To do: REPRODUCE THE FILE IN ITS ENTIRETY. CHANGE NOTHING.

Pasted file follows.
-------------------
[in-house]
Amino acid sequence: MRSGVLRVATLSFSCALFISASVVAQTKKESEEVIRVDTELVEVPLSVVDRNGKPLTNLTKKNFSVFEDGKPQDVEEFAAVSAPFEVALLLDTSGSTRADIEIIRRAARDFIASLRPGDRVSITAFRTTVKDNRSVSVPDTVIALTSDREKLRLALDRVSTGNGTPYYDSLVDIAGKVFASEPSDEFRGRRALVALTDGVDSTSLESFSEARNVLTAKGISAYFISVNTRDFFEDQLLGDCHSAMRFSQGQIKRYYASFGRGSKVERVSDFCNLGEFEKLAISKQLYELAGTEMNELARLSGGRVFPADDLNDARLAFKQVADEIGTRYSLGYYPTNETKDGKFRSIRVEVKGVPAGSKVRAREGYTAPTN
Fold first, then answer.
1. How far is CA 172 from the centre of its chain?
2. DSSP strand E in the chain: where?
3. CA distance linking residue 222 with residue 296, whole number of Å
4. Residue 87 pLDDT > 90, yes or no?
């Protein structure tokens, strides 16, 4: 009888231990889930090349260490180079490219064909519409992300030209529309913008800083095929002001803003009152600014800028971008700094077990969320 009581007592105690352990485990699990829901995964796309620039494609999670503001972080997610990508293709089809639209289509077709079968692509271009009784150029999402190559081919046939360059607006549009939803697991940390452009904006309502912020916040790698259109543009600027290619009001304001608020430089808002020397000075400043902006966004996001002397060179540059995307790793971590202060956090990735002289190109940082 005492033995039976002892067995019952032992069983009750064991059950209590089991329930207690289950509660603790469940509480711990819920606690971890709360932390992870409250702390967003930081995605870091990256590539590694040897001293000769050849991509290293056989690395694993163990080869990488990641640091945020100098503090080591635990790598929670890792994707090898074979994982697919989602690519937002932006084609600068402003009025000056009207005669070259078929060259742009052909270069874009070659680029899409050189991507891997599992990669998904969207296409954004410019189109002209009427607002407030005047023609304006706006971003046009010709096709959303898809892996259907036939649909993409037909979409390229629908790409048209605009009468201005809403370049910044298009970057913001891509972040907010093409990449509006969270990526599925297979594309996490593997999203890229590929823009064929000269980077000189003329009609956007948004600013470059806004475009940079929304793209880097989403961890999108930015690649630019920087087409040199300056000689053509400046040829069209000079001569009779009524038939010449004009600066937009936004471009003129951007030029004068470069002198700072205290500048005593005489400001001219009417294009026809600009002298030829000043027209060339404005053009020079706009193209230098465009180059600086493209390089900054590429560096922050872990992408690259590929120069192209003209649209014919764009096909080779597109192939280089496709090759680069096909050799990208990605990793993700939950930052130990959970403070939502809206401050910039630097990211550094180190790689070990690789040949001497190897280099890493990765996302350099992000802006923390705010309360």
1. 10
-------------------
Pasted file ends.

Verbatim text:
[in-house]
Amino acid sequence: MRSGVLRVATLSFSCALFISASVVAQTKKESEEVIRVDTELVEVPLSVVDRNGKPLTNLTKKNFSVFEDGKPQDVEEFAAVSAPFEVALLLDTSGSTRADIEIIRRAARDFIASLRPGDRVSITAFRTTVKDNRSVSVPDTVIALTSDREKLRLALDRVSTGNGTPYYDSLVDIAGKVFASEPSDEFRGRRALVALTDGVDSTSLESFSEARNVLTAKGISAYFISVNTRDFFEDQLLGDCHSAMRFSQGQIKRYYASFGRGSKVERVSDFCNLGEFEKLAISKQLYELAGTEMNELARLSGGRVFPADDLNDARLAFKQVADEIGTRYSLGYYPTNETKDGKFRSIRVEVKGVPAGSKVRAREGYTAPTN
Fold first, then answer.
1. How far is CA 172 from the centre of its chain?
2. DSSP strand E in the chain: where?
3. CA distance linking residue 222 with residue 296, whole number of Å
4. Residue 87 pLDDT > 90, yes or no?
């Protein structure tokens, strides 16, 4: 009888231990889930090349260490180079490219064909519409992300030209529309913008800083095929002001803003009152600014800028971008700094077990969320 009581007592105690352990485990699990829901995964796309620039494609999670503001972080997610990508293709089809639209289509077709079968692509271009009784150029999402190559081919046939360059607006549009939803697991940390452009904006309502912020916040790698259109543009600027290619009001304001608020430089808002020397000075400043902006966004996001002397060179540059995307790793971590202060956090990735002289190109940082 005492033995039976002892067995019952032992069983009750064991059950209590089991329930207690289950509660603790469940509480711990819920606690971890709360932390992870409250702390967003930081995605870091990256590539590694040897001293000769050849991509290293056989690395694993163990080869990488990641640091945020100098503090080591635990790598929670890792994707090898074979994982697919989602690519937002932006084609600068402003009025000056009207005669070259078929060259742009052909270069874009070659680029899409050189991507891997599992990669998904969207296409954004410019189109002209009427607002407030005047023609304006706006971003046009010709096709959303898809892996259907036939649909993409037909979409390229629908790409048209605009009468201005809403370049910044298009970057913001891509972040907010093409990449509006969270990526599925297979594309996490593997999203890229590929823009064929000269980077000189003329009609956007948004600013470059806004475009940079929304793209880097989403961890999108930015690649630019920087087409040199300056000689053509400046040829069209000079001569009779009524038939010449004009600066937009936004471009003129951007030029004068470069002198700072205290500048005593005489400001001219009417294009026809600009002298030829000043027209060339404005053009020079706009193209230098465009180059600086493209390089900054590429560096922050872990992408690259590929120069192209003209649209014919764009096909080779597109192939280089496709090759680069096909050799990208990605990793993700939950930052130990959970403070939502809206401050910039630097990211550094180190790689070990690789040949001497190897280099890493990765996302350099992000802006923390705010309360």
1. 10